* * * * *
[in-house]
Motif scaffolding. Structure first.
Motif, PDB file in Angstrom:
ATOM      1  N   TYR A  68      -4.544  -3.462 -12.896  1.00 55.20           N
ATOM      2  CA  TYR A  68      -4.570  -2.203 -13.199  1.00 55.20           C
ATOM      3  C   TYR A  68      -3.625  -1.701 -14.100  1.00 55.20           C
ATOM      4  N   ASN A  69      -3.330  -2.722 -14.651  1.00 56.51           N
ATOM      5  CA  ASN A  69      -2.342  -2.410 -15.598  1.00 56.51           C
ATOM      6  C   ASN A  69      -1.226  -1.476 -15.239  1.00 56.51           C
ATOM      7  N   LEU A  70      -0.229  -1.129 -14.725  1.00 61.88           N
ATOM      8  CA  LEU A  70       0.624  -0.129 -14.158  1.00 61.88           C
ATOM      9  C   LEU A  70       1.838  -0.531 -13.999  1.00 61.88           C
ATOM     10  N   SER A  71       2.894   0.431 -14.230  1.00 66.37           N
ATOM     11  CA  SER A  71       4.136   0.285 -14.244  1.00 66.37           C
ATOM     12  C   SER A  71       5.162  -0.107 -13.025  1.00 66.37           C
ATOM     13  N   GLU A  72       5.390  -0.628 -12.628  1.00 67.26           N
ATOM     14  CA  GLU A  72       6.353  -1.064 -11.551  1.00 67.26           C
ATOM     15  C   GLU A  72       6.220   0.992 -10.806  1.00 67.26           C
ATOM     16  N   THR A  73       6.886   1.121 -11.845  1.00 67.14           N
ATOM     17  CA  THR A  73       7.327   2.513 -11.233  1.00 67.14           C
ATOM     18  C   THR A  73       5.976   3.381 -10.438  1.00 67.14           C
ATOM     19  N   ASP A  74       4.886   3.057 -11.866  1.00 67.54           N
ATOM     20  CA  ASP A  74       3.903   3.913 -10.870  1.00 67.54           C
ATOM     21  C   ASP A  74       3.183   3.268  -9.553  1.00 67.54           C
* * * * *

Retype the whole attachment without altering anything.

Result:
[in-house]
Motif scaffolding. Structure first.
Motif, PDB file in Angstrom:
ATOM      1  N   TYR A  68      -4.544  -3.462 -12.896  1.00 55.20           N
ATOM      2  CA  TYR A  68      -4.570  -2.203 -13.199  1.00 55.20           C
ATOM      3  C   TYR A  68      -3.625  -1.701 -14.100  1.00 55.20           C
ATOM      4  N   ASN A  69      -3.330  -2.722 -14.651  1.00 56.51           N
ATOM      5  CA  ASN A  69      -2.342  -2.410 -15.598  1.00 56.51           C
ATOM      6  C   ASN A  69      -1.226  -1.476 -15.239  1.00 56.51           C
ATOM      7  N   LEU A  70      -0.229  -1.129 -14.725  1.00 61.88           N
ATOM      8  CA  LEU A  70       0.624  -0.129 -14.158  1.00 61.88           C
ATOM      9  C   LEU A  70       1.838  -0.531 -13.999  1.00 61.88           C
ATOM     10  N   SER A  71       2.894   0.431 -14.230  1.00 66.37           N
ATOM     11  CA  SER A  71       4.136   0.285 -14.244  1.00 66.37           C
ATOM     12  C   SER A  71       5.162  -0.107 -13.025  1.00 66.37           C
ATOM     13  N   GLU A  72       5.390  -0.628 -12.628  1.00 67.26           N
ATOM     14  CA  GLU A  72       6.353  -1.064 -11.551  1.00 67.26           C
ATOM     15  C   GLU A  72       6.220   0.992 -10.806  1.00 67.26           C
ATOM     16  N   THR A  73       6.886   1.121 -11.845  1.00 67.14           N
ATOM     17  CA  THR A  73       7.327   2.513 -11.233  1.00 67.14           C
ATOM     18  C   THR A  73       5.976   3.381 -10.438  1.00 67.14           C
ATOM     19  N   ASP A  74       4.886   3.057 -11.866  1.00 67.54           N
ATOM     20  CA  ASP A  74       3.903   3.913 -10.870  1.00 67.54           C
ATOM     21  C   ASP A  74       3.183   3.268  -9.553  1.00 67.54           C